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Maisonet v. Conway


July 10, 2007


The opinion of the court was delivered by: Sifton, Senior Judge


Petitioner Jose Maisonet was convicted on June 29, 1999 on one count of first degree robbery and one count of second degree robbery in New York Supreme Court, Queens County*fn1 and is currently incarcerated in the Clinton correctional facility in New York as a result of that conviction. Petitioner brings this petition for habeas corpus pursuant to 28 U.S.C. § 2254 alleging that he received ineffective assistance of counsel at his trial and on appeal, and that he was denied due process of law when his trial proceeded in his absence. For the reasons stated below, Petitioner's application is denied.


The following facts are taken from the parties' submissions, including the record of Petitioner's state court proceedings.

In December, 1998, Petitioner was charged in Queens County, New York with robbery in the first degree, robbery in the second degree, burglary in the first degree, attempted robbery in the first degree, attempted robbery in the second degree, and two counts of unlawful imprisonment in the first degree. The prosecution alleged that in November, 1998, Petitioner, along with another man (who was never apprehended and whose identity is unknown), approached two men, Elvis Suero (an acquaintance of Petitioner) and Robert Marrero, and asked them for money.*fn2 When they refused, Petitioner and the other perpetrator took the victims to a nearby apartment building where Petitioner's sister lived, where Petitioner proceeded to pull a gun and steal money and a cell phone from Suero, while the other perpetrator attempted (and failed) to steal a neck chain from Marrero. Petitioner then ordered Suero into a taxi, rode with him to Suero's house, took $100 from him, and fled. Meanwhile, the other perpetrator took Marrero into Petitioner's sister's apartment, threatened him with a knife, and then left to find Petitioner.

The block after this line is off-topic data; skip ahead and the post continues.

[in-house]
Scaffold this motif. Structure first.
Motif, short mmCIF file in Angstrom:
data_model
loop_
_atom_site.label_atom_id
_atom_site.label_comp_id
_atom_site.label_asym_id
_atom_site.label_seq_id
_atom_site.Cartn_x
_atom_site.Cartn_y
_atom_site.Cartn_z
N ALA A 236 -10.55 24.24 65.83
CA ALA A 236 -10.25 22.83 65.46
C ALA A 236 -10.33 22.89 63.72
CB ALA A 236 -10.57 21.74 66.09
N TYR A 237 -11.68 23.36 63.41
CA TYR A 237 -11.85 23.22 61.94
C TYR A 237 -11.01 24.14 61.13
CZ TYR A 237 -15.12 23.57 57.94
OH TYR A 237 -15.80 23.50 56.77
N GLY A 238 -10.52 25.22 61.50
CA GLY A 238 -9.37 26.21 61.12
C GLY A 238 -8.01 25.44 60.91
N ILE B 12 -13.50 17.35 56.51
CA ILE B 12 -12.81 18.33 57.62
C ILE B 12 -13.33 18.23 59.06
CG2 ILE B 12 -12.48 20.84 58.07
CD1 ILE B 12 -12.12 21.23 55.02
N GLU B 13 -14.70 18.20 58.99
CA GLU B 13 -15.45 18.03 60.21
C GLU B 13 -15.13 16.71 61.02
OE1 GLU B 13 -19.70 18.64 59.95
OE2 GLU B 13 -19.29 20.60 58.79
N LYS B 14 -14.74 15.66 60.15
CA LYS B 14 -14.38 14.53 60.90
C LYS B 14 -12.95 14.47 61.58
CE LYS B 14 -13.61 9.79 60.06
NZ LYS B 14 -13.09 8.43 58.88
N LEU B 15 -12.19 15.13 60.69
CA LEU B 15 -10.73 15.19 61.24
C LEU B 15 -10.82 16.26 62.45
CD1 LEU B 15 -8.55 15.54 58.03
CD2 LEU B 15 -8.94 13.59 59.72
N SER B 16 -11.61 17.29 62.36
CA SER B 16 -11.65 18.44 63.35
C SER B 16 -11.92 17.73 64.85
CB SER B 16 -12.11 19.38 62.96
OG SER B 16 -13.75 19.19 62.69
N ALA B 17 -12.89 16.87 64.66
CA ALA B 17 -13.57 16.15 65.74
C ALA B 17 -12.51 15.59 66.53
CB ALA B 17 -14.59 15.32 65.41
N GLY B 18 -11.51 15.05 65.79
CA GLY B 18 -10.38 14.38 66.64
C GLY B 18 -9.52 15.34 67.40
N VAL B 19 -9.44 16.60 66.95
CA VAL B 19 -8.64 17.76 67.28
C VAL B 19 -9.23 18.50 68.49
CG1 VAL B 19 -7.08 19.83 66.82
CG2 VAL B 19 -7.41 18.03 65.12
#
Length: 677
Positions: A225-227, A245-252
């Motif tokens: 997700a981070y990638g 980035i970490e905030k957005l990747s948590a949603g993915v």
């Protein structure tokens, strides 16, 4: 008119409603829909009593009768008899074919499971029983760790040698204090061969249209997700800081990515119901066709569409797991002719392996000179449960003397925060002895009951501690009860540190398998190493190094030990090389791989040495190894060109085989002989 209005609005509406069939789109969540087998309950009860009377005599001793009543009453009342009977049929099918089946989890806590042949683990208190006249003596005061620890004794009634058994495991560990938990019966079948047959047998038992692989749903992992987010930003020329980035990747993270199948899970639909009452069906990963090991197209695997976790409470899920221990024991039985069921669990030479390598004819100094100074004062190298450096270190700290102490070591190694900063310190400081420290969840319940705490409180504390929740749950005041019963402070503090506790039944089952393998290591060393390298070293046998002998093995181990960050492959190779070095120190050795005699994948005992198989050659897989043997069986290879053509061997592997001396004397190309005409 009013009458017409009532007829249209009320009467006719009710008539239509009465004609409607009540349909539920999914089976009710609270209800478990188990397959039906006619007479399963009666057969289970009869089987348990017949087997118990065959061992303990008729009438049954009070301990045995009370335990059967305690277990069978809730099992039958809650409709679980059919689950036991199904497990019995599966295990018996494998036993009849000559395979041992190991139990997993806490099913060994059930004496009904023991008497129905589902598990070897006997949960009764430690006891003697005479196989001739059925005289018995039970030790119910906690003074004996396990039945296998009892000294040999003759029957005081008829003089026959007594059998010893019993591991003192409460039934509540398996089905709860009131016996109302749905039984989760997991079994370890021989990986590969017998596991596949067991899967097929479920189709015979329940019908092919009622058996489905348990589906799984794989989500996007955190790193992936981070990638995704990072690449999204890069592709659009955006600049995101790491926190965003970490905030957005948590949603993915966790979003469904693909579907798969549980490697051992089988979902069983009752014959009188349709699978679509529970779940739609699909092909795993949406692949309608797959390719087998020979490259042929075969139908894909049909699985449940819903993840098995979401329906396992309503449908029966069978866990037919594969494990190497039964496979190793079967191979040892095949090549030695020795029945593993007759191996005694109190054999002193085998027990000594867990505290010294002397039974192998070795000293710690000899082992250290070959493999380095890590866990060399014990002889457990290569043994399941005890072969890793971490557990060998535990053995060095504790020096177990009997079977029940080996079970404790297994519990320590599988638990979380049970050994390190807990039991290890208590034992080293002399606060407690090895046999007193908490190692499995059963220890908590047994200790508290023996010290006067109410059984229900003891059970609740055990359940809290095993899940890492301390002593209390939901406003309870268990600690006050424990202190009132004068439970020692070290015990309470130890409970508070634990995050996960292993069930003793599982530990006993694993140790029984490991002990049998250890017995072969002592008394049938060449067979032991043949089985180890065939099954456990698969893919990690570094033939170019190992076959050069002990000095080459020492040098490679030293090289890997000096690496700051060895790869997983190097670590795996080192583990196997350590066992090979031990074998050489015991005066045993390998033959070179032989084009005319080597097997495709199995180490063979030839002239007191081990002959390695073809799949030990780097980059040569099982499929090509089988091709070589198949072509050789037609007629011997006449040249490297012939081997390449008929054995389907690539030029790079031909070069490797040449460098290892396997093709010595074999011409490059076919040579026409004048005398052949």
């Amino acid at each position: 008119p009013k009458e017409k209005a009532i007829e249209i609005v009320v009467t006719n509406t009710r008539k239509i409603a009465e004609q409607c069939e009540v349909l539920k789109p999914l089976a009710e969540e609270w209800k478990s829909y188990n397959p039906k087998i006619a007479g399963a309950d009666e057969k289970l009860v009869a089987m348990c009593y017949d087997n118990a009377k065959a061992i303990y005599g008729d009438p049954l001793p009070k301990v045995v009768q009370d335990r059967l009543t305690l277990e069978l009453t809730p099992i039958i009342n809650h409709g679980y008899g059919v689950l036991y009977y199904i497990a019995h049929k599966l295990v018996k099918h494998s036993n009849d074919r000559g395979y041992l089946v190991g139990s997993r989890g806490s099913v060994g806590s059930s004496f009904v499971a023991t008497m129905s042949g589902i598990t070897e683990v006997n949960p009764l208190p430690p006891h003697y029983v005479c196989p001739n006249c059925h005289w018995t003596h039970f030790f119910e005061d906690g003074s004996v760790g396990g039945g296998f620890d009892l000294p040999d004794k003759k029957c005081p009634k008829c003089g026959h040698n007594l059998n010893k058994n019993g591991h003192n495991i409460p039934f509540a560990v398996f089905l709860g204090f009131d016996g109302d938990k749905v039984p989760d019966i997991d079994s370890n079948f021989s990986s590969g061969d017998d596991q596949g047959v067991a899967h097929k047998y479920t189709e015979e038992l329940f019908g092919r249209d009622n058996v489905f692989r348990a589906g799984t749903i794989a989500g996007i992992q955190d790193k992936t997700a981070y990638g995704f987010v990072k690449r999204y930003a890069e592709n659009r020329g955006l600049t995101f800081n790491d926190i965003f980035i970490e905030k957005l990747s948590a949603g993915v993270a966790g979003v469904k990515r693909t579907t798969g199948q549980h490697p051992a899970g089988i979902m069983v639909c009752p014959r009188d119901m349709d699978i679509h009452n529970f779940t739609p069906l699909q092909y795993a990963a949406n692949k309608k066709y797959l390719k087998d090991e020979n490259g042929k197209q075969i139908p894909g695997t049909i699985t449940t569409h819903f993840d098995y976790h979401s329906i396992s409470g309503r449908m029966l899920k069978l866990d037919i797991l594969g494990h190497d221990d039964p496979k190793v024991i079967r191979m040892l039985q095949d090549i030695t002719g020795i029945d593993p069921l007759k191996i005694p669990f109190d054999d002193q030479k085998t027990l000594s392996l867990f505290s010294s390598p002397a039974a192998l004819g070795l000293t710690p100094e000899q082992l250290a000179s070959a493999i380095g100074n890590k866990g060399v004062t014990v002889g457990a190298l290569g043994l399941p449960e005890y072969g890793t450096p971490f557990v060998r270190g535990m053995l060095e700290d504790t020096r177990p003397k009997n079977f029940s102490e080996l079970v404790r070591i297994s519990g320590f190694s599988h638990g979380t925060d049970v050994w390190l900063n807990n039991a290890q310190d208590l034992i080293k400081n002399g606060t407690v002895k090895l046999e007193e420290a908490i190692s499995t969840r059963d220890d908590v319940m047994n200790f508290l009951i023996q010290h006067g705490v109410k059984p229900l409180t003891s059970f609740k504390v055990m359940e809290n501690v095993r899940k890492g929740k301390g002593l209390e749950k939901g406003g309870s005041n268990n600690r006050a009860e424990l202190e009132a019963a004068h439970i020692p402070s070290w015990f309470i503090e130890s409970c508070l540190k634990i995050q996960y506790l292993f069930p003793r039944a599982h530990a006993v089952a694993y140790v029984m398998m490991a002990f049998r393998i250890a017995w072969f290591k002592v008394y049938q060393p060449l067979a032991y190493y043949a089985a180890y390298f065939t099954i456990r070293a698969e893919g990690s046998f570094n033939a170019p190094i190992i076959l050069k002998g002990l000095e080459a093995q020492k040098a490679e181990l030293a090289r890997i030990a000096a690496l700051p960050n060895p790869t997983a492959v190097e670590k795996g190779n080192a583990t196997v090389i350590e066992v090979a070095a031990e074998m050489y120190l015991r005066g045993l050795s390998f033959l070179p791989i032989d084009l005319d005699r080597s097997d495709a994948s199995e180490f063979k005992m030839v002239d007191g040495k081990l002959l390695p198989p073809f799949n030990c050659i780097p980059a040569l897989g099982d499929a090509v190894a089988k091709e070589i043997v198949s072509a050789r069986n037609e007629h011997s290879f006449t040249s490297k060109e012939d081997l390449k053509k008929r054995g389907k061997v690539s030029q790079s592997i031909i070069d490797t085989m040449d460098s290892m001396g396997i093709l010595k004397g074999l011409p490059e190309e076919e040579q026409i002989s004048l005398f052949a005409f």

Petitioner was released pending trial. On December 11, 1998, the trial court conducted pretrial hearings, at the conclusion of which the trial court warned Petitioner that, should he fail to appear for trial, the trial would proceed in his absence.*fn3 Between that appearance and June 17, 1999, Petitioner made six or more court appearances on matters relating to his trial. On Thursday, June 17, 1999, the parties, including Petitioner, appeared in court and counsel informed the judge that they were ready for trial. The judge then told the parties that the case was "on the wheel" and that it would not get a "trial part for about a week."*fn4 The judge told Petitioner he did not need to appear in court every day, so long as he told his attorney where he could be reached and could appear within an hour and a half of being called. Petitioner replied "It's not a problem." Parker warnings were then again administered to Petitioner. In order to allow Petitioner to go to work, his counsel arranged for him to be on "one hour standby," reachable by beeper.